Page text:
Dr. Bredesen received his undergraduate degree from Caltech and his medical degree from Duke. He served as Resident and Chief Resident in Neurology at UCSF, then was postdoctoral fellow in the laboratory of Nobel laureate Prof. Stanley Prusiner. Following this he became a faculty member at UCLA from 1989-1994 and then was recruited by the Burnham Institute to direct the Program on Aging. In 1998 he became the Founding President and CEO of the Buck Institute for Research on Aging, and Adjunct Professor at UCSF; then in 2013 he returned to UCLA as the Director of the Easton Center for Alzheimer’s Disease Research.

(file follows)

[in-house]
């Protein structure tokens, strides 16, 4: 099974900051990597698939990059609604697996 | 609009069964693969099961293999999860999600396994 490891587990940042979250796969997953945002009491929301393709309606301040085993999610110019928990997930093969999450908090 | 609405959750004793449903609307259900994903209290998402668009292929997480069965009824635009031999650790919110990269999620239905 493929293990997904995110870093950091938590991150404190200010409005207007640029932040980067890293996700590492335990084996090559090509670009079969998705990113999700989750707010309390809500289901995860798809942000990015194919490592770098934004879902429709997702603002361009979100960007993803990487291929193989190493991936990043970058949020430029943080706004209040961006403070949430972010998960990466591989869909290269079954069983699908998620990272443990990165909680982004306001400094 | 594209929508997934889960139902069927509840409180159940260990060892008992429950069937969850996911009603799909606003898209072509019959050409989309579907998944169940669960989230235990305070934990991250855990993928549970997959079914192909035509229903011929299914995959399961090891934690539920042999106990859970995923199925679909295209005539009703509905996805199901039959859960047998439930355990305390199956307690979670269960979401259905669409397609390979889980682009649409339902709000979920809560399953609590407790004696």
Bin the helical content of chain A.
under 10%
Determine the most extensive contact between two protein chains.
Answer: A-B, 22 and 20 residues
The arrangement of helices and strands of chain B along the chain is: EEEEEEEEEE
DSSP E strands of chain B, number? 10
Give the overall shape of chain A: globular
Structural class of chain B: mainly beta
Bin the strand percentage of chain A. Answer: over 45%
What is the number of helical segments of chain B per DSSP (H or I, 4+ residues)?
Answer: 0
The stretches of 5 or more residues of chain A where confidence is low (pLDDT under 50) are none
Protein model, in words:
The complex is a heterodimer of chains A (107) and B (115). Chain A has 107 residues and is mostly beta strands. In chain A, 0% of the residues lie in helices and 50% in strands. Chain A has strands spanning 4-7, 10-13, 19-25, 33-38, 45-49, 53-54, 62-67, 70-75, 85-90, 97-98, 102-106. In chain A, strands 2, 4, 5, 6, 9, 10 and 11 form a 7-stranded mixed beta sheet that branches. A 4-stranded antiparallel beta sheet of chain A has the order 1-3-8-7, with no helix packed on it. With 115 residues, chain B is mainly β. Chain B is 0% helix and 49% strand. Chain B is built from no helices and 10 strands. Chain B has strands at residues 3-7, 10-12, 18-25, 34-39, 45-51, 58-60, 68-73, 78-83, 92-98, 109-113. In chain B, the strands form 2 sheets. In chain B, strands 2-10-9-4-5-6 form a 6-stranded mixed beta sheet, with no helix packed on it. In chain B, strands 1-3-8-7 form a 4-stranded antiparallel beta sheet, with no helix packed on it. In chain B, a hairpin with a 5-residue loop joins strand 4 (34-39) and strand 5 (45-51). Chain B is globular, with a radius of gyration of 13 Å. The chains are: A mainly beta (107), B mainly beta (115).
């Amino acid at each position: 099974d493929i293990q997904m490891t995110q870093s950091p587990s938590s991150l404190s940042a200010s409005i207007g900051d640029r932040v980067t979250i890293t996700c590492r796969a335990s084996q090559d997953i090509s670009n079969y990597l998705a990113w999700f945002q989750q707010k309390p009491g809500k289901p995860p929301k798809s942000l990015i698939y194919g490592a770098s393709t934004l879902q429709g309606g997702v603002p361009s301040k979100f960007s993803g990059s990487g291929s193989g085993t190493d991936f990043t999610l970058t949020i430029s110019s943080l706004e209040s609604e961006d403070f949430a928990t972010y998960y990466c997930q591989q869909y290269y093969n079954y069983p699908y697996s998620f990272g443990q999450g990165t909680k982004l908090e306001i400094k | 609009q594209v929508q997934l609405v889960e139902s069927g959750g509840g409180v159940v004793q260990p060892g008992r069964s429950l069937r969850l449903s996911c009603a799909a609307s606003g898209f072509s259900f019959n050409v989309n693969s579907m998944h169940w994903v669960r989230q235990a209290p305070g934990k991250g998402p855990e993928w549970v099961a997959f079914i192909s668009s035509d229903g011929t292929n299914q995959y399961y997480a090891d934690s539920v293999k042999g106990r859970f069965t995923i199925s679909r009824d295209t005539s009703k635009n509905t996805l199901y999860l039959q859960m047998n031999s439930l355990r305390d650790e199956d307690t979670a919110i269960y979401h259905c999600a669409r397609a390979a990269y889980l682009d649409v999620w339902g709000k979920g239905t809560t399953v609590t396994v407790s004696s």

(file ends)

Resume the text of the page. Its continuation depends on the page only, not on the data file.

The Bredesen Laboratory studies basic mechanisms underlying the neurodegenerative process, and the translation of this knowledge into effective therapeutics for Alzheimer’s disease and other neurodegenerative conditions, which has led to the publication of over 200 research papers.
He introduced the notion of dependence receptor while he was working on the low affinity receptor p75ntr and have shown the importance of this notion in neurodegenerative diseases